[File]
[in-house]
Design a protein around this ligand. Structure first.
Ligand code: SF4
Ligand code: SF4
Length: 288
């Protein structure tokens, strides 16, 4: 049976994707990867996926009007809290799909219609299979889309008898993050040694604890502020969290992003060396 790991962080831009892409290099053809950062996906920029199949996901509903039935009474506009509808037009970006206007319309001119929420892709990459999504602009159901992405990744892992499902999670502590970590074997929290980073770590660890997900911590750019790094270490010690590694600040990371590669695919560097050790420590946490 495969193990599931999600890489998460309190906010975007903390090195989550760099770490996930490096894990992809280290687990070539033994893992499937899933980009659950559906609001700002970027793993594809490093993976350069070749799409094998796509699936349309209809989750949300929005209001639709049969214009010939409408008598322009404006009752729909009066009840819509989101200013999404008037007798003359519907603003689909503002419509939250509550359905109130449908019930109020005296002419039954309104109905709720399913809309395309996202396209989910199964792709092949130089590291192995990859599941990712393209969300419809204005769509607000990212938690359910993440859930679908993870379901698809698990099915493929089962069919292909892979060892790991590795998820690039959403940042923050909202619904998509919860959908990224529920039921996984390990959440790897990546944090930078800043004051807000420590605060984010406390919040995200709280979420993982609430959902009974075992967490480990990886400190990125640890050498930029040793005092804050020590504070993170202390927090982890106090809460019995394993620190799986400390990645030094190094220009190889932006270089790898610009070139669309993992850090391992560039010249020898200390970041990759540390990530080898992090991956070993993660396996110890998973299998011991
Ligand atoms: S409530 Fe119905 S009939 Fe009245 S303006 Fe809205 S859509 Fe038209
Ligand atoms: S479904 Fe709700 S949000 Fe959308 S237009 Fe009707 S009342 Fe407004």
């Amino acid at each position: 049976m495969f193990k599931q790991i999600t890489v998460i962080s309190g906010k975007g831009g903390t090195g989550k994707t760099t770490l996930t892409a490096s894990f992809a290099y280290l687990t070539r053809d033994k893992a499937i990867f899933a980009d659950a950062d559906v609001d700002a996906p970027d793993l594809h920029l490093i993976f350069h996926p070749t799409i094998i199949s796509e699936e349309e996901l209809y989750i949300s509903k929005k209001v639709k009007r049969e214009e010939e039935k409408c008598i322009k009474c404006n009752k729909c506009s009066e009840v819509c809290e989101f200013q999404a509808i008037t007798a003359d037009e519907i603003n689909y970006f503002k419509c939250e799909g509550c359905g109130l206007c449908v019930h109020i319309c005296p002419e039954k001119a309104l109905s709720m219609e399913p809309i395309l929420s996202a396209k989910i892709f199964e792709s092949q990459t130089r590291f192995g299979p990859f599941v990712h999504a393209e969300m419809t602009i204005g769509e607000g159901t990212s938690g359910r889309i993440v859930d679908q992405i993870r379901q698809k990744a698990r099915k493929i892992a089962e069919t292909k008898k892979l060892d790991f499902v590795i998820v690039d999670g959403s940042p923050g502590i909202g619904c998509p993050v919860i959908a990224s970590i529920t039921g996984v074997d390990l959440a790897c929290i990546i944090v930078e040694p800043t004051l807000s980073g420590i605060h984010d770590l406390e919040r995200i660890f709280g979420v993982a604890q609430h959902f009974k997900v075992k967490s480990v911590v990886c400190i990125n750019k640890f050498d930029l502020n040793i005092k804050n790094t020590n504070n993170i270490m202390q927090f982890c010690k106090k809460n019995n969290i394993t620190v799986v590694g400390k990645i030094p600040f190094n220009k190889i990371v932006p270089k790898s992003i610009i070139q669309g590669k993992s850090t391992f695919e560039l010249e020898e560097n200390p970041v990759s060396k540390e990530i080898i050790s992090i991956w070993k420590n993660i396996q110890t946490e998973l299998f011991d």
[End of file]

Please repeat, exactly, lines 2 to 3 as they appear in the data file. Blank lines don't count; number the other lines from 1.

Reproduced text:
Design a protein around this ligand. Structure first.
Ligand code: SF4